Agrium Inc. applies for key permit to allow plant restart


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The Agrium Corp. fertilizer plant at Nikiski is seen in this Journal file photo. The company has applied for a key air permit, a necessary step should the plant be restarted now that natural gas supplies are increasing in Cook Inlet. The plant closed in 2007 after operating for several years at partial capacity.

Photo/File/AJOC

Agrium Inc. has applied for an air quality permit for a restart of its closed fertilizer plant at Nikiski, near Kenai.

The company has been researching the possibility of a restart for some time and says the application, made Oct. 24 to the state Department of Environmental Conservation, is to get the permit procedure underway so the company can move quickly if a decision is made to reopen the plant, Agrium spokesman Adam Diamond said.

“At this stage we have made no decision, but the PSPD (air permit) can take a year or more to secure, so we thought it prudent to go ahead and start the process so we’re in a position to move,” Diamond said in an interview. “There are a lot of moving parts to this, but having the air quality permit in hand will give us a jump.”

John Kuterbach, program manager in DEC’s air quality division, confirmed that the application had been made.

“Agrium has submitted an air quality application for restarting the ammonia and urea plant and supporting utility portions of the Nikiski fertilizer plant,” Kuterbach wrote in an email. “Because the plant was permanently shut down (in 2007), this restart is being permitted as a new facility, and it requires preconstruction monitoring data before a permit can be issued. Agrium is currently collecting this data. We expect to complete permitting by next fall.”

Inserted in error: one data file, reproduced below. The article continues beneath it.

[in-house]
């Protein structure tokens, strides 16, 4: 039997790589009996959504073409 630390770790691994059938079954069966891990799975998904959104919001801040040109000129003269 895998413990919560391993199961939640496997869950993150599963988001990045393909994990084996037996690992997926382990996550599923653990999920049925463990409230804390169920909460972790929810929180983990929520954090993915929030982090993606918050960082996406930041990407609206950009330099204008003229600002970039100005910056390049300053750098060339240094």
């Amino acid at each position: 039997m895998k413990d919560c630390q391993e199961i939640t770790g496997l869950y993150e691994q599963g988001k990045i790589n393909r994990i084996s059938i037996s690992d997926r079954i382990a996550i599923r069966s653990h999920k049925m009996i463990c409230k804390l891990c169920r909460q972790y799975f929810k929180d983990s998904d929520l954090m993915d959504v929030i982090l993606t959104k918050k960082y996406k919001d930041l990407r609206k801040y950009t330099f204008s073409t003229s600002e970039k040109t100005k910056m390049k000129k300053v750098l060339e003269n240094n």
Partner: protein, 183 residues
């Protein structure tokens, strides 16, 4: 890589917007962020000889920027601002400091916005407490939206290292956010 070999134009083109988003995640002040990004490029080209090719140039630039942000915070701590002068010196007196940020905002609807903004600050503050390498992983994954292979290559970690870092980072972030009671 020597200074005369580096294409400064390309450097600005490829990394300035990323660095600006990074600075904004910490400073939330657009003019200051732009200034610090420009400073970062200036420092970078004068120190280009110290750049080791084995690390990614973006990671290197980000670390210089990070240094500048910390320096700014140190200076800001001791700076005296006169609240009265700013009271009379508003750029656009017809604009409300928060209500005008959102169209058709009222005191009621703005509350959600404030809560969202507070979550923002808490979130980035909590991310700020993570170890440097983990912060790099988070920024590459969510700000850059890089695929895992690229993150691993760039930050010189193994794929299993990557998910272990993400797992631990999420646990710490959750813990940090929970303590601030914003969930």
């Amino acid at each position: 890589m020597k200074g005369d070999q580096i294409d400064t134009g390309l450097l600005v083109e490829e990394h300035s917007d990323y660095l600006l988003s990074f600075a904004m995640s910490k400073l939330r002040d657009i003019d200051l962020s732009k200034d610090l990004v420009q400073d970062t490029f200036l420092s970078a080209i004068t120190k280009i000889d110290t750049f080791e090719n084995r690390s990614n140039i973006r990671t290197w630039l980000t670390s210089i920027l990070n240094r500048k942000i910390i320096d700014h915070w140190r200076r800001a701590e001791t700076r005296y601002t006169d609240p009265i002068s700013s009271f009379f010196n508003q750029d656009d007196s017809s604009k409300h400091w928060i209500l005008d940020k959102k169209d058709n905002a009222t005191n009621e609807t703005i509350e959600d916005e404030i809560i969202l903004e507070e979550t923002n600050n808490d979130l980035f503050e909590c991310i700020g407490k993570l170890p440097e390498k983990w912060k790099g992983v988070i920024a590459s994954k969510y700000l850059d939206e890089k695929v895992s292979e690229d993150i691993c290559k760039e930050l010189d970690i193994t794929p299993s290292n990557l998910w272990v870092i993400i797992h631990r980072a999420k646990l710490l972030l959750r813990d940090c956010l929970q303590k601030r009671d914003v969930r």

Diamond said the air quality permit is needed before any construction activity at the plant can occur. The permit is required by the federal Clean Air Act and it is administered in Alaska by the Department of Environmental Conservation.

Diamond also said Agrium has recently completed an initial technical screening of the plant’s condition, and that the company will likely initiate further engineering reviews next spring.

If the plant is restarted, it would likely involve one of two ammonia and urea production units, or “trains” that are in the plant. Mostly likely a newer unit that was built in 1977 will be targeted for restart. The older unit, built when the plant began operation in 1969, is not part of the restart plan, at least for now.

The capacity of the newer train, when it operated, was 630,000 metric tonnes of ammonia and 608,000 metric tons of urea annually (a tonne is 2,200 lbs).

Agrium was a major employer and taxpayer in the Kenai Peninsula Borough in the years the plant operated. For many years it was also one of the largest fertilizer plants in the world and sold mostly in export markets.

In the final years it operated Agrium began having difficulty securing enough natural gas to manufacture at full capacity because Cook Inlet gas reserves were being depleted. For a period the plant limped along at partial-capacity, operating seasonally so that regional utilities could get the gas available in winter.

Eventually the plant closed in 2007. Since then Agrium has continued with certain critical maintenance, however, with a small skeleton staff of maintenance technicians.

Tim Bradner can be reached at tim.bradner@alaskajournal.com.

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